The U.S. Census Bureau and the Department of Housing and Urban Development jointly announced the following new residential construction statistics for August 2011:
Although starts were again disappointing, down 5.8 percent year over year, permits taken in August exceeded analysts’ predictions, up 7.8 percent over August 2010. Housing completions (623,000 units) continued its lackluster, ho-hum pace — down just 2.7 percent from July, but up just 2.6 percent over last year. Meanwhile, the White House shifts to class warfare on economic and fiscal policy, and shoves housing to the back burner again.
Privately-owned housing units authorized by building permits in August were at a seasonally adjusted annual rate of 620,000. This is 3.2 percent above the revised July rate of 601,000 and is 7.8 percent above the August 2010 estimate of 575,000.
Single-family authorizations in August were at a rate of 413,000; this is 2.5 percent (±0.9%) above the revised July figure of 403,000. Authorizations of units in buildings with five units or more were at a rate of 178,000 in August.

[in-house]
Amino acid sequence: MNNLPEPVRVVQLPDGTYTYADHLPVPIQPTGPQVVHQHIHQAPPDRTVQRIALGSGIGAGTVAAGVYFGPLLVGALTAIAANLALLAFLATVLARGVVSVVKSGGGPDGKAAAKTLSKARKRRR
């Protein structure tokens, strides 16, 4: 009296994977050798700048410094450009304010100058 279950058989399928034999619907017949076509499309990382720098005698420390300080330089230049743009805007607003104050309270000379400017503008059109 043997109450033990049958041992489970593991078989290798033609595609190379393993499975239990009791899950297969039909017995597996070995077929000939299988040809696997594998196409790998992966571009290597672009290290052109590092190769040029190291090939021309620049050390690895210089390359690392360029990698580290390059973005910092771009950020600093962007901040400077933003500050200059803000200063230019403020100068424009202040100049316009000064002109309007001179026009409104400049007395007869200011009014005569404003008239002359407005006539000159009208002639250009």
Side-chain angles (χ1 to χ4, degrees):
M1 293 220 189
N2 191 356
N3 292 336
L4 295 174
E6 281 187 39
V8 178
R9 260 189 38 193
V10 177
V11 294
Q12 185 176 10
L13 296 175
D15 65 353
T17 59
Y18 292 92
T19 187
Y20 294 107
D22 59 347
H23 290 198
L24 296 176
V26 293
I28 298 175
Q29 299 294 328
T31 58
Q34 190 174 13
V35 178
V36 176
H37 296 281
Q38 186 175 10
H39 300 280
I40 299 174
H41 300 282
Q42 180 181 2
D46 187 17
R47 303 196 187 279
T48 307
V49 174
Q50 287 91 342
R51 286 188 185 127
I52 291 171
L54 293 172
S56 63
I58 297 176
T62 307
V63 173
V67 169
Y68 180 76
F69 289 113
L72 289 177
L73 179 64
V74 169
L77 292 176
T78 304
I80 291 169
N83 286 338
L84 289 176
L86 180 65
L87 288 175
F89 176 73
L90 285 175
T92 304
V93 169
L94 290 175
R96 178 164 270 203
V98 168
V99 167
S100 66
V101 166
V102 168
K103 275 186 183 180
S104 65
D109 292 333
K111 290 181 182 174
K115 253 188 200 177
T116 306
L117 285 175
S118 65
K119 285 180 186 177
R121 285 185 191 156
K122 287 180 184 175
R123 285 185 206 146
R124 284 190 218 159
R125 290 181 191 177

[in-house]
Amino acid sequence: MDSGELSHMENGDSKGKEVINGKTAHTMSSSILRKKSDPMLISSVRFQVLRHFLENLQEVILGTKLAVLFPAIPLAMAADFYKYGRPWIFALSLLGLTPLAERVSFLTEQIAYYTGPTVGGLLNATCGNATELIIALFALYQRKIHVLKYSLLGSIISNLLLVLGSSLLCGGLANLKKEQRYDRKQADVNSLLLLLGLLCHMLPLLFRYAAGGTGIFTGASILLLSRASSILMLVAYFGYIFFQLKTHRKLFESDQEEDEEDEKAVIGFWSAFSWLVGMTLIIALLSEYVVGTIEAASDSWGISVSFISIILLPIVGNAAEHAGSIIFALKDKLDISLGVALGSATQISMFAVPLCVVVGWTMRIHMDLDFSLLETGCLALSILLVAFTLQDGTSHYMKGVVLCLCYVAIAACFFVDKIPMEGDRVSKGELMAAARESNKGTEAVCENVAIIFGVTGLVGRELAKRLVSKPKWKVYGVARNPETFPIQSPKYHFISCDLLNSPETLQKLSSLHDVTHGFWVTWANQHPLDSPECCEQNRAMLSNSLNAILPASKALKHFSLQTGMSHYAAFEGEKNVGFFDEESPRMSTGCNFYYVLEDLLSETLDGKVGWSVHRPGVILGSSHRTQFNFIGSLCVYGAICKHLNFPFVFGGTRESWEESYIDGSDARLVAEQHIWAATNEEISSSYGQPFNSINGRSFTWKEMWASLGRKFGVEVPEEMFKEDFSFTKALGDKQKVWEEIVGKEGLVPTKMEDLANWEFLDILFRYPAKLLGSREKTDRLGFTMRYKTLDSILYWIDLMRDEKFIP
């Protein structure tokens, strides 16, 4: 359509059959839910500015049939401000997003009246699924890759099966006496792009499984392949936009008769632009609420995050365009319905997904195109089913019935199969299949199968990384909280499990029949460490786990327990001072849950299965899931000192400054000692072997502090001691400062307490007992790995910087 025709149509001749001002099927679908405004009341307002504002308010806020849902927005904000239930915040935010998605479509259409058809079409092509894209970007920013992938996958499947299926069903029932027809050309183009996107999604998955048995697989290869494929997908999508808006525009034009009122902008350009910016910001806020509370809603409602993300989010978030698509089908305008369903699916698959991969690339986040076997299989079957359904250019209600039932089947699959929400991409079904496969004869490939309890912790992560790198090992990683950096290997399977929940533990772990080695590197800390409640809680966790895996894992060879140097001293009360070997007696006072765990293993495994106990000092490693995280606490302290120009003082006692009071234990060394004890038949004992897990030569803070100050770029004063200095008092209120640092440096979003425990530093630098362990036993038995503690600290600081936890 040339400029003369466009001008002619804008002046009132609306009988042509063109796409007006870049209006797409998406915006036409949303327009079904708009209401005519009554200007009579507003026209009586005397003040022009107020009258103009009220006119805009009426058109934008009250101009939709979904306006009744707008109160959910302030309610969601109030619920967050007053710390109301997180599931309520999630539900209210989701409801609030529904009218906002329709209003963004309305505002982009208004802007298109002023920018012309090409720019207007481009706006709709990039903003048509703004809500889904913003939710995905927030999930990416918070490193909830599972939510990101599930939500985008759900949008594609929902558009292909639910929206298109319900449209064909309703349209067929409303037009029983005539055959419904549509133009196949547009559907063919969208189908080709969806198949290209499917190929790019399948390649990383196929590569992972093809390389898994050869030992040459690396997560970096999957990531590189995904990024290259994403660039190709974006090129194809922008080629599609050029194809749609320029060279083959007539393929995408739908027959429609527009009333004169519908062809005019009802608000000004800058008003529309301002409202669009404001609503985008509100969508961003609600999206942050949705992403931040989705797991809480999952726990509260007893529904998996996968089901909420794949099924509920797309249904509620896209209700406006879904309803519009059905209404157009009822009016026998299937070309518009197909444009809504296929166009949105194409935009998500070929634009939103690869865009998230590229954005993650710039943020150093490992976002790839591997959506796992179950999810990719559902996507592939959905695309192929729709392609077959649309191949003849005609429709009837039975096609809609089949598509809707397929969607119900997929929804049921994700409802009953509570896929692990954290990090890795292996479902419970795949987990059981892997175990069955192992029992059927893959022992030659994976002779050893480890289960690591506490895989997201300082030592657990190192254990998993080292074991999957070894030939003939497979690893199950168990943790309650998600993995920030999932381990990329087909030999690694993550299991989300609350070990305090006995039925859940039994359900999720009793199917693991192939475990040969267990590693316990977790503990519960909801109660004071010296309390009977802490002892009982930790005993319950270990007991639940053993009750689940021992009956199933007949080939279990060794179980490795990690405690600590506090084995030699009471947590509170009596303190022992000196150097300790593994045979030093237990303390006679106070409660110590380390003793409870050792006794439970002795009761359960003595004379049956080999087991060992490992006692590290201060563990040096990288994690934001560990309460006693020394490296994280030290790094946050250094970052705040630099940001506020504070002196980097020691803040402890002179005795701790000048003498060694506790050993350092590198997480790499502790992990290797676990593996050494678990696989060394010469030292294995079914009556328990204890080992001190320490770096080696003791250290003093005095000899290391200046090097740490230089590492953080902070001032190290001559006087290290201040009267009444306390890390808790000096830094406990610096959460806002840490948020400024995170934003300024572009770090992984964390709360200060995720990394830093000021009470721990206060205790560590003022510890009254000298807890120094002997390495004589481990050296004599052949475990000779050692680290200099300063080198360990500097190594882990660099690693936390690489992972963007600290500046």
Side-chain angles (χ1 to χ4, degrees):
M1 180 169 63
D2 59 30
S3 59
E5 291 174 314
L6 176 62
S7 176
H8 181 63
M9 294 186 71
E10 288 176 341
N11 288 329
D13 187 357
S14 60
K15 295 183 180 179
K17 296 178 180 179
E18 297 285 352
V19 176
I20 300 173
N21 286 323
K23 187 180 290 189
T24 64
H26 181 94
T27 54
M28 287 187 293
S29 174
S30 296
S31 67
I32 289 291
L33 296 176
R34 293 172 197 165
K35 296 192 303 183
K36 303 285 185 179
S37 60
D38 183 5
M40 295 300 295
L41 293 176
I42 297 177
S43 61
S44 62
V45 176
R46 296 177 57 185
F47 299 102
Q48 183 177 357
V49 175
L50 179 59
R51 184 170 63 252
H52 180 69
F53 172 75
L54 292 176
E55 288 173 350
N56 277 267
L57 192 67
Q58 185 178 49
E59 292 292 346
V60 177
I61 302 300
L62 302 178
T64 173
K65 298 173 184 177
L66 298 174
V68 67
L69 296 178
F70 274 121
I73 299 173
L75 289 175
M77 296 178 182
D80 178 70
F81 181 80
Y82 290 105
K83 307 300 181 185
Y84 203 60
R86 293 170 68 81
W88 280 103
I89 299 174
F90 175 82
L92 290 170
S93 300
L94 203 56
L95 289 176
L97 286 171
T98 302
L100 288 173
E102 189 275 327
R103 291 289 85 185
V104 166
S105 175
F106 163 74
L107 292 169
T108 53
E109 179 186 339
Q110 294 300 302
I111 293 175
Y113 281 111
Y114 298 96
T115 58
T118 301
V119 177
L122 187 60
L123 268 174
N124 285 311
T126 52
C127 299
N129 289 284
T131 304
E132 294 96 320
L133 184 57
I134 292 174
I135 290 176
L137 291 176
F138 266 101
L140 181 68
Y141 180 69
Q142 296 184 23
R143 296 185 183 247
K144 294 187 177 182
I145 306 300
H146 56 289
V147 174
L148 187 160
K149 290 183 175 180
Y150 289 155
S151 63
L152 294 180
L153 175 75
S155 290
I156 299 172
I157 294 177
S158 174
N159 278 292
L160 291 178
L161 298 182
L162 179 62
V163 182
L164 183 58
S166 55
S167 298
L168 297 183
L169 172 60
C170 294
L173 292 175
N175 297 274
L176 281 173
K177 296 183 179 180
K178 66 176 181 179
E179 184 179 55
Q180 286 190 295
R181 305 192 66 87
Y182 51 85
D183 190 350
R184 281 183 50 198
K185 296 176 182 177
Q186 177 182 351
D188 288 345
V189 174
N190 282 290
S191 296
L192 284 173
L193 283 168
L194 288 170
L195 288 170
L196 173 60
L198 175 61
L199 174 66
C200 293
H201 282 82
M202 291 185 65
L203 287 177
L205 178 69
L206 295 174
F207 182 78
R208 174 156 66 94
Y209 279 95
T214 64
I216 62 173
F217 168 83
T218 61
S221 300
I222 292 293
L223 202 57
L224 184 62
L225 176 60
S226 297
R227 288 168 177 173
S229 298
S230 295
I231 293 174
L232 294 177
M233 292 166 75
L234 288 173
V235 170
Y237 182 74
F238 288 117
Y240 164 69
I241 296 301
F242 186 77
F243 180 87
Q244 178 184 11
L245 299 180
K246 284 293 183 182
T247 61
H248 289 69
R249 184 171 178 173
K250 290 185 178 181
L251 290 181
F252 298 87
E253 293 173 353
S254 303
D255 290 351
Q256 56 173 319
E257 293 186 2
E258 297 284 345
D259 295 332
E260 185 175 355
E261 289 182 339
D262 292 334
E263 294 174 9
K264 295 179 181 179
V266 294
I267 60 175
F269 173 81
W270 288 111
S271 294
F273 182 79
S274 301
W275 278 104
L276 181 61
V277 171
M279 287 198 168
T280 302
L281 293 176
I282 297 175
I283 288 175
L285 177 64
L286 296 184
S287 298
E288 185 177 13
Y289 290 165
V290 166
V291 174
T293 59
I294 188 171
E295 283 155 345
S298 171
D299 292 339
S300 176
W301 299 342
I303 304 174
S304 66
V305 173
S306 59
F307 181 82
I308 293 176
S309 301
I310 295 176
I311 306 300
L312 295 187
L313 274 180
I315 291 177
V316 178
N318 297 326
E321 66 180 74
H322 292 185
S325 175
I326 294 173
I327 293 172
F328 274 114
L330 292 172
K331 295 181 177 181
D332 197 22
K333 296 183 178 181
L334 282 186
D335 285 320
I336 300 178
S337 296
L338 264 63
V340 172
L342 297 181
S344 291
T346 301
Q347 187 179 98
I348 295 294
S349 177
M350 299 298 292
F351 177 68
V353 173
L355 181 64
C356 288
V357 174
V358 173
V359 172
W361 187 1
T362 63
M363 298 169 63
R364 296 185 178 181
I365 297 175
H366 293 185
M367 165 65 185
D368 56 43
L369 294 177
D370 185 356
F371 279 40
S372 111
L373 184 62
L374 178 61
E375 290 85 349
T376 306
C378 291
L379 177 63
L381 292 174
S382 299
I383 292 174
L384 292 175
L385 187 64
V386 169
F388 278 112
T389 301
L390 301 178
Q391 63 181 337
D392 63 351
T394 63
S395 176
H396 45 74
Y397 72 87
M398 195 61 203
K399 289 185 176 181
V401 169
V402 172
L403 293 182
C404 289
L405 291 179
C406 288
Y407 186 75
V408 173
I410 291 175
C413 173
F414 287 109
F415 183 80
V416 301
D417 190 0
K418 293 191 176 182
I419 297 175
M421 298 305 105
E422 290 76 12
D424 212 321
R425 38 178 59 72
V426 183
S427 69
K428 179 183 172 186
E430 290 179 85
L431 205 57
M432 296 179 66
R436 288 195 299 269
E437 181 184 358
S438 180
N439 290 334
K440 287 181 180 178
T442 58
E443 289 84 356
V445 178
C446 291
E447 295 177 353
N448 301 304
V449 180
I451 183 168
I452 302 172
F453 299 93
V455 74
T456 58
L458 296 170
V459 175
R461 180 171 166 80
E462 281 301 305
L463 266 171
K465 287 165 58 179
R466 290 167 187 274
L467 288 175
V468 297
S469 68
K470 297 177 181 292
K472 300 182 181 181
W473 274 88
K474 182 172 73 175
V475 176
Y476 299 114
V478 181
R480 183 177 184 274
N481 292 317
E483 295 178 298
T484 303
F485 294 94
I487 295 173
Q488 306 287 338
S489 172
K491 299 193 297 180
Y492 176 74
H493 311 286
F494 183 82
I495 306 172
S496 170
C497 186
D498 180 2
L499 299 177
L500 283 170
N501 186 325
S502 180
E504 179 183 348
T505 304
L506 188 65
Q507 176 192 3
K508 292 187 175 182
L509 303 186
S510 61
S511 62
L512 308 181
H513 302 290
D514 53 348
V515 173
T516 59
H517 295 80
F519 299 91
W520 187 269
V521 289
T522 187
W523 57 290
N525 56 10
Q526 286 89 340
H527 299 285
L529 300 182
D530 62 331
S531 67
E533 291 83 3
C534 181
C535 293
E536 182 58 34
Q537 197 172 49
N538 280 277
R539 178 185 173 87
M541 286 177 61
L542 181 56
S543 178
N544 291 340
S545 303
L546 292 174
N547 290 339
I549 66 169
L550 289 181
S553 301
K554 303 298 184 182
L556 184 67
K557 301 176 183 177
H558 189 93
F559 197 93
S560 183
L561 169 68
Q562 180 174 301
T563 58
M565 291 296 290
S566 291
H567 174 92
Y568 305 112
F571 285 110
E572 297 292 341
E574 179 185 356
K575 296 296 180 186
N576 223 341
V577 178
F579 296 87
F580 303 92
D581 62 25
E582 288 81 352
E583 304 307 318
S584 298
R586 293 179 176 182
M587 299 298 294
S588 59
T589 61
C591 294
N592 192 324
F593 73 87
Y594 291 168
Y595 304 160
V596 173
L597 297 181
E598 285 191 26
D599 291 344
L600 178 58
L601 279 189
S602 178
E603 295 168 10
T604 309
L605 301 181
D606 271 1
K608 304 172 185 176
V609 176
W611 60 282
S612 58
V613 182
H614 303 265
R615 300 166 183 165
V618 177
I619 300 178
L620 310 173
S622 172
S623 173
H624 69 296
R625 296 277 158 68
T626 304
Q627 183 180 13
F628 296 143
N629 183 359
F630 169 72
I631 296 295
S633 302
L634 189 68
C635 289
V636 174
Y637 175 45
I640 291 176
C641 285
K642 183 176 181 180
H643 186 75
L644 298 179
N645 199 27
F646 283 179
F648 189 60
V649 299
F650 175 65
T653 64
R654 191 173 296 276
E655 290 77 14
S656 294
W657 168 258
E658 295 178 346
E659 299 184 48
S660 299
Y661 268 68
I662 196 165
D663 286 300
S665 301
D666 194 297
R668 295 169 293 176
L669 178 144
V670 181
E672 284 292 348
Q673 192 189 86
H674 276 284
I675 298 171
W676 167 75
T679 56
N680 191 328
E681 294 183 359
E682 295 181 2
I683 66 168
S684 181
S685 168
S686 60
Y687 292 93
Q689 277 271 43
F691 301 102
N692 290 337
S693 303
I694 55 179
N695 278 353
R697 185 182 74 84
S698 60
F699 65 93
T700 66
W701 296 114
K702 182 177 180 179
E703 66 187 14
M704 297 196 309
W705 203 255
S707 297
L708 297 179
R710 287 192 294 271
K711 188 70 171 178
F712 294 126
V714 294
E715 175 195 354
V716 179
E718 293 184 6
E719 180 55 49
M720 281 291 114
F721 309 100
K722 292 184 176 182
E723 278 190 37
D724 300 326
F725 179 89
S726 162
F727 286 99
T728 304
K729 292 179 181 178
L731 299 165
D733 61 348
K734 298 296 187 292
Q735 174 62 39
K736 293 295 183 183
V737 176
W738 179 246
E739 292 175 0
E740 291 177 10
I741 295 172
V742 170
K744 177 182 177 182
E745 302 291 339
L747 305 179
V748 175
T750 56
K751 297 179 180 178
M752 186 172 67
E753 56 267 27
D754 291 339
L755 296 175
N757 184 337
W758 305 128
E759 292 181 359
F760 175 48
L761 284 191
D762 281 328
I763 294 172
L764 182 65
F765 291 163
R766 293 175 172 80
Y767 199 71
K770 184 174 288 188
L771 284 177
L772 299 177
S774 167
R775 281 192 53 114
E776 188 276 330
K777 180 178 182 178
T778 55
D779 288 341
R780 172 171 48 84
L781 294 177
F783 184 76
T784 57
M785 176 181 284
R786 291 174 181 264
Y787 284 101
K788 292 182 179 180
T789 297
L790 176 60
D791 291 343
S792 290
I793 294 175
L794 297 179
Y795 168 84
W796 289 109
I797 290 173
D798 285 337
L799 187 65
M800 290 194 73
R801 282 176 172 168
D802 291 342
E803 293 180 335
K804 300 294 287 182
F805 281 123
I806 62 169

Privately-owned housing starts in August were at a seasonally adjusted annual rate of 571 000. This is 5.0 percent below the revised July estimate of 601,000 and is 5.8 percent below the August 2010 rate of 606,000.
Single-family housing starts in August were at a rate of 417,000; this is 1.4 percent (±10.3%)* below the revised July figure of 423,000. The August rate for units in buildings with five units or more was 148,000.
Privately-owned housing completions in August were at a seasonally adjusted annual rate of 623,000. This is 2.7 percent below the revised July estimate of 640,000, but is 2.6 percent above the August 2010 rate of 607,000.
Single-family housing completions in August were at a rate of 477,000; this is 0.2 percent below the revised July rate of 478,000. The August rate for units in buildings with five units or more was 143,000.
“At this point, most builders are only looking to replenish their depleted inventories of new homes for sale, but otherwise holding off on new projects,” said National Association of Home Builders (NAHB) Chairman Bob Nielsen. “While we would like to get more crews back on the job, we need to see solid improvement in consumer demand, greater access to credit for both builders and buyers, and a reduction in the number of foreclosed properties on the market before we can ramp up new production.”
“Today’s numbers are completely consistent with NAHB’s forecast for the quarter, and are in keeping with the anemic economic and job growth we are seeing across most of the country,” said NAHB Senior Economist Robert Denk. “That said, we continue to anticipate modest gains in new-home production through the end of this year with greater momentum building into 2013, and some pockets of improvement are already evident in about a dozen metros nationwide.”